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The best word that describes the way I used to feel when one of my children had a meltdown was ‘Panic’. My anxiety was even more heightened when the meltdown happened in public. But now things look different. Although I don’t exactly look forward to meltdowns, they don’t have the same hold on me that they used to.
I’ve learned that emotions, all emotions, are neither good nor bad. They are simply conveying a message. And when I learned to start listening to the message underneath the meltdown, that’s when things shifted for me as a mom. If you are ready to approach meltdowns with calm, love, and ease, keep reading.
Here are three things you can do to help you stay calm the next time your little one has a meltdown:
- Pause – Before you respond, pause. Notice anything that comes up for you – A tense part of your body, any feelings, etc. Simply notice.
- Breathe – This is a great time to take a few deep breaths. Taking slow deep breaths can help you calm yourself, so you can approach the situation with presence and empathy.
- Hold Space – When your child is upset, they simply have a need that is going unmet. Their big emotions are a sign that they are trying to meet their need so they can find balance again.
Allow yourself to move out of your head and into your heart so that you can hold space for your child’s emotions to be heard and expressed.
After everyone has settled down, here are seven things you can do to reconnect with your child and care for yourself so you can approach any future emotional upsets with calm, loving attention:
- Connect with Empathy – Step into your child’s shoes. Consider how they might be feeling or how you feel when you’re upset. Even when you don’t completely understand why your child is upset, show that you care.
- Reconnect Regularly – Practice connecting regularly with your children. Set aside 10-20 minutes each day for some quality time with each of your kids. Put away all distractions and allow your child to guide this special time together.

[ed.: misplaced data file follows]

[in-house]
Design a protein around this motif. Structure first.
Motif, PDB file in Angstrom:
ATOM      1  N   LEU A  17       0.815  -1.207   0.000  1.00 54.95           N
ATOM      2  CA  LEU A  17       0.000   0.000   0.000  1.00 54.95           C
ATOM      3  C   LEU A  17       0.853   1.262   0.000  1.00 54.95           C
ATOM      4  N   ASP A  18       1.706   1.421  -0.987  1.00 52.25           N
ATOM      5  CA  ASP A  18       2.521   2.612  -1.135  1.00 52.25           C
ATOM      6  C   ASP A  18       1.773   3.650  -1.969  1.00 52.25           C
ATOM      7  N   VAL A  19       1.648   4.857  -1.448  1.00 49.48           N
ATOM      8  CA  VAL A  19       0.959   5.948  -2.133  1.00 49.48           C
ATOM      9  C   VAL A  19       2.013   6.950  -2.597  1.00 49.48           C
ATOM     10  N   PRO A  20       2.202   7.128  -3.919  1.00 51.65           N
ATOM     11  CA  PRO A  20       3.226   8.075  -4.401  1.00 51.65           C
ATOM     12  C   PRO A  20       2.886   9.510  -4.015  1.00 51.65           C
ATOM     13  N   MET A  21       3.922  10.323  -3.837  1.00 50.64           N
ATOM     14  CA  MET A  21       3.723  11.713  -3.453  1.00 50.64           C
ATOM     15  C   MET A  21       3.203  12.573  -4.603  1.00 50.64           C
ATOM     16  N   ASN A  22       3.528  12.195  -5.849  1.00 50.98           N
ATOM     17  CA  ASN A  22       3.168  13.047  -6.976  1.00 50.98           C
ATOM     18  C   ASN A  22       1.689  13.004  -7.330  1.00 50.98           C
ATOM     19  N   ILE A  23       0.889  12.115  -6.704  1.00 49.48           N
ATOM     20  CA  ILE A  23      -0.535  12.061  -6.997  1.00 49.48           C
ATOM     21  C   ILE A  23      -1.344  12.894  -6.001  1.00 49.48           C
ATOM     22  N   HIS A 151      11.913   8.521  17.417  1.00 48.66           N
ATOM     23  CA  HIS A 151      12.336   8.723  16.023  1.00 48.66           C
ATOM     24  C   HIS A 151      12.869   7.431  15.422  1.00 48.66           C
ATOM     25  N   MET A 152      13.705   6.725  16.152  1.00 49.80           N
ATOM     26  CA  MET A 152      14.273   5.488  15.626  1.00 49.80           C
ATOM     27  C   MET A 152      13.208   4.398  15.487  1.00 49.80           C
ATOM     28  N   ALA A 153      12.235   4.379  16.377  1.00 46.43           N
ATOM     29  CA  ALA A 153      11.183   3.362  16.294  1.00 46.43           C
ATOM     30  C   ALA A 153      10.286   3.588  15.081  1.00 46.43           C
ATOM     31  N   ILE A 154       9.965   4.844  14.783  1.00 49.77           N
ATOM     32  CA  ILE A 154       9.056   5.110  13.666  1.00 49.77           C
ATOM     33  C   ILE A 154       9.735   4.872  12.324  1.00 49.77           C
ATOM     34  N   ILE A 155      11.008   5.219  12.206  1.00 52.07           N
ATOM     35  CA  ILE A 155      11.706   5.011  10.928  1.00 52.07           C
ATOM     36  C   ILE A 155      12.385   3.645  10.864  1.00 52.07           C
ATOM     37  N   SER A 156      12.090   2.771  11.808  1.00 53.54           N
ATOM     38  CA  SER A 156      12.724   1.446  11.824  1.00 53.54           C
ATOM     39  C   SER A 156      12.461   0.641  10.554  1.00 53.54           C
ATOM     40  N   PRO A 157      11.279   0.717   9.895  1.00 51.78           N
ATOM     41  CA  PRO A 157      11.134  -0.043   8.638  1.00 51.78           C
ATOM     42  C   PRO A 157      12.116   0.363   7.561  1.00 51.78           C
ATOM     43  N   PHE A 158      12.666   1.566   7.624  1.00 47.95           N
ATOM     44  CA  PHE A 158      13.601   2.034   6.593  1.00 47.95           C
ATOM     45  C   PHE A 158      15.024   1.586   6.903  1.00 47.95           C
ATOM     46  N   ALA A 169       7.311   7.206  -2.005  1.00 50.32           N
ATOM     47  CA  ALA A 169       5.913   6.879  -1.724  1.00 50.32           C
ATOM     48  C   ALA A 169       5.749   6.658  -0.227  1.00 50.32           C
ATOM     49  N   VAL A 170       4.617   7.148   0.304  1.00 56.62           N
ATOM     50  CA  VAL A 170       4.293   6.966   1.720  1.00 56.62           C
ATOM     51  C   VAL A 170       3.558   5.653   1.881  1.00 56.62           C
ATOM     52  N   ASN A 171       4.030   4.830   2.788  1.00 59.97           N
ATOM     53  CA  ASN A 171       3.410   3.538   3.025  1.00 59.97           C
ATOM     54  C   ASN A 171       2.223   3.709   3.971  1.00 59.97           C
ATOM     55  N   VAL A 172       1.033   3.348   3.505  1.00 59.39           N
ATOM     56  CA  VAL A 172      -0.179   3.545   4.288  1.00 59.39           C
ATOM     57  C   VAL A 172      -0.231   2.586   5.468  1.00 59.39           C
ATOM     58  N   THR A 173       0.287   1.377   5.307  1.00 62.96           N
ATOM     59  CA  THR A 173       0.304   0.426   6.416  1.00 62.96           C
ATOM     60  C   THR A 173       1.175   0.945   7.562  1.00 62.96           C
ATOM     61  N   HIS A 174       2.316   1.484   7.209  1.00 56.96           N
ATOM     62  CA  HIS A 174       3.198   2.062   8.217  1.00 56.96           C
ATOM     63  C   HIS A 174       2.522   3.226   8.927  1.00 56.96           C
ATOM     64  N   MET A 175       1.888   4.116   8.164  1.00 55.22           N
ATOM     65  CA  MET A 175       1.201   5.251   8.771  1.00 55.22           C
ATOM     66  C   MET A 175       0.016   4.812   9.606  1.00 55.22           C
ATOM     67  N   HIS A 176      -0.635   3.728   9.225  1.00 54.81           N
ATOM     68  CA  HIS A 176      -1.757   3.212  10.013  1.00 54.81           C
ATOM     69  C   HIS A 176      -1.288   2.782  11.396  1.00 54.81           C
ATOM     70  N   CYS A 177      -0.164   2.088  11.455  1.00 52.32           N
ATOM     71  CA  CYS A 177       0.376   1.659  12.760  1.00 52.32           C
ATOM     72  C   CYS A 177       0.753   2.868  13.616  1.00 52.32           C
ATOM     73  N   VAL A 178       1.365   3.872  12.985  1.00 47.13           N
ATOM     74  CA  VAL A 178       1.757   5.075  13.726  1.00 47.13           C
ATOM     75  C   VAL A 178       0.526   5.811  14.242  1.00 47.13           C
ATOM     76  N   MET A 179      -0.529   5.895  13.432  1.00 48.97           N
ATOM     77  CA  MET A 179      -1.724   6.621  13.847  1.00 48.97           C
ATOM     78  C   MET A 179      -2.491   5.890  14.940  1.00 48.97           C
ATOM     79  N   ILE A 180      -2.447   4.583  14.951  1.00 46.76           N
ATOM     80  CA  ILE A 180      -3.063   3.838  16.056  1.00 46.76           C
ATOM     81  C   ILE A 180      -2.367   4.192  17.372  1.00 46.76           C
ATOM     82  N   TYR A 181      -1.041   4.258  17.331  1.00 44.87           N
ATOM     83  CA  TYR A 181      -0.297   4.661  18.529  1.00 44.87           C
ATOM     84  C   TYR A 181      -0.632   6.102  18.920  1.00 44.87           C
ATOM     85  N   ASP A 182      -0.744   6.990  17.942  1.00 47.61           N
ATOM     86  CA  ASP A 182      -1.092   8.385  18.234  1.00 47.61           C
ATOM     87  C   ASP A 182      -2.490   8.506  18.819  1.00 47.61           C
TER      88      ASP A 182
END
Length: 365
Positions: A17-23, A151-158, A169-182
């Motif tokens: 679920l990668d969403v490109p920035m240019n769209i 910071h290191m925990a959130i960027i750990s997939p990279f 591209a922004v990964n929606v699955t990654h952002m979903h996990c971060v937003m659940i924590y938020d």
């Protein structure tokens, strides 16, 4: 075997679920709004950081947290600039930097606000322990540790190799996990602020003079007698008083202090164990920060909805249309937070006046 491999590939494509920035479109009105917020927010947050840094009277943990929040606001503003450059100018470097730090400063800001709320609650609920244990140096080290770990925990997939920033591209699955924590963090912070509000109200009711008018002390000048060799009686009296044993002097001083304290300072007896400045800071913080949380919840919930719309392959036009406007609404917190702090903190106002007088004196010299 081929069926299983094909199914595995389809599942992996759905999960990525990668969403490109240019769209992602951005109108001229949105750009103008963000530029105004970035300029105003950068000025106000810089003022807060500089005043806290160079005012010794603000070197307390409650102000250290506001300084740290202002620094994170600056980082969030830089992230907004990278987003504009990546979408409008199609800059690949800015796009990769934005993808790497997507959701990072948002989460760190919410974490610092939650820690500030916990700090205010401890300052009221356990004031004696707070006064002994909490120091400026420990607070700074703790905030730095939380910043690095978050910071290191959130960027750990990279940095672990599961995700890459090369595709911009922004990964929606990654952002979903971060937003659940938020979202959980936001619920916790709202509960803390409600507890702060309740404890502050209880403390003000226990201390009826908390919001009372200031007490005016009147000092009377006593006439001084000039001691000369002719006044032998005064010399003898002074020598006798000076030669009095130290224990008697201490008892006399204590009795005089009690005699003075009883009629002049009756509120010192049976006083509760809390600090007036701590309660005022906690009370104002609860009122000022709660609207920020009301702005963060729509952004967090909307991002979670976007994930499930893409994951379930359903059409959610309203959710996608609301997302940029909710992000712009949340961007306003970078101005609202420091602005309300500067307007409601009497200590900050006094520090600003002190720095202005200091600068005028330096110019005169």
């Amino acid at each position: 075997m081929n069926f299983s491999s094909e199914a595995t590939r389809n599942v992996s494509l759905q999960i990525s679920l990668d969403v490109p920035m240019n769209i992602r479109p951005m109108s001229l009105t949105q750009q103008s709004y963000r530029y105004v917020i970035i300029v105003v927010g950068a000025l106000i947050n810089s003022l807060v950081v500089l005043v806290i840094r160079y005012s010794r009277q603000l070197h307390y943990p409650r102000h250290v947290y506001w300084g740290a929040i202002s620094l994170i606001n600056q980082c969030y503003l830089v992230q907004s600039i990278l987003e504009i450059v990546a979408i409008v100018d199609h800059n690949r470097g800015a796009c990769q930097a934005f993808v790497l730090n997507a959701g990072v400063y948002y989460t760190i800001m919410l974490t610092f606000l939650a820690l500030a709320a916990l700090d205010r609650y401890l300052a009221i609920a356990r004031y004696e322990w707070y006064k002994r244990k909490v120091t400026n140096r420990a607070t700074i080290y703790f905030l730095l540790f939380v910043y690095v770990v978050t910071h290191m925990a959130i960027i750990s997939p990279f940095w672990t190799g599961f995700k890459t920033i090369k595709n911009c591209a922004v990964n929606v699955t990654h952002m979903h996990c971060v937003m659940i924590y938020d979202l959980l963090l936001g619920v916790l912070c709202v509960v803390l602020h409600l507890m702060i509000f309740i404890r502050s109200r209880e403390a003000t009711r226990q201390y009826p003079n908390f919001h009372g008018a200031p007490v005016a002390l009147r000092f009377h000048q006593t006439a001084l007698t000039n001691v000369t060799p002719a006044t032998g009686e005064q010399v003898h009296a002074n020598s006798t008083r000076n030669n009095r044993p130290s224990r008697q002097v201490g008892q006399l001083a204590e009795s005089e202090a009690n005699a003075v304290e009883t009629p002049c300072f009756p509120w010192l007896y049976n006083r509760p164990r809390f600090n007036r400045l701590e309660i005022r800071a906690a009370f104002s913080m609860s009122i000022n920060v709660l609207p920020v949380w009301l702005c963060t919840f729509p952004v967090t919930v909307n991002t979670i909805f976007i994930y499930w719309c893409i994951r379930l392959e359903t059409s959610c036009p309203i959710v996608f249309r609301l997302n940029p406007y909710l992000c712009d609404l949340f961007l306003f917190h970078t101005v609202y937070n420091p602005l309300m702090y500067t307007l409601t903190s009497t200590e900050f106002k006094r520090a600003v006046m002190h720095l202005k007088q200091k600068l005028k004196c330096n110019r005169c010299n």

- Shift the Energy – Once your child is ready, you can start to shift the mood. Smile, laugh together, or put on some music and have a dance party.
- Practice Self Care – Fill your cup regularly, so you can pour love out to your children. When you take time to care for yourself and fill your cup, you are better able to hold a loving space when your child has big emotions.
- Practice Gratitude – Gratitude is an incredibly powerful and important practice. Remembering all of the things you are thankful for helps you fill your cup and find the gifts, even in the most challenging moments as a parent.
- Practice Meditation – Taking time in stillness can help you to settle your thoughts. Our minds can often be busy places. Take time to allow yourself to get out of the hustle and bustle of daily life and the busyness of your mind and step into the present moment so you can be present and show up as the parent you want to be for your kids.
- Create a Mantra – You can also create a mantra to support you and give you a calming/grounding focus the next time your child has big emotions. Some ideas for mantras are:
- Just Breathe
- I Am Enough
- Present Over Perfect
- I Choose Love
Being a parent is an amazing journey, but it isn’t always easy. Be sure to give yourself grace & keep taking care of you!
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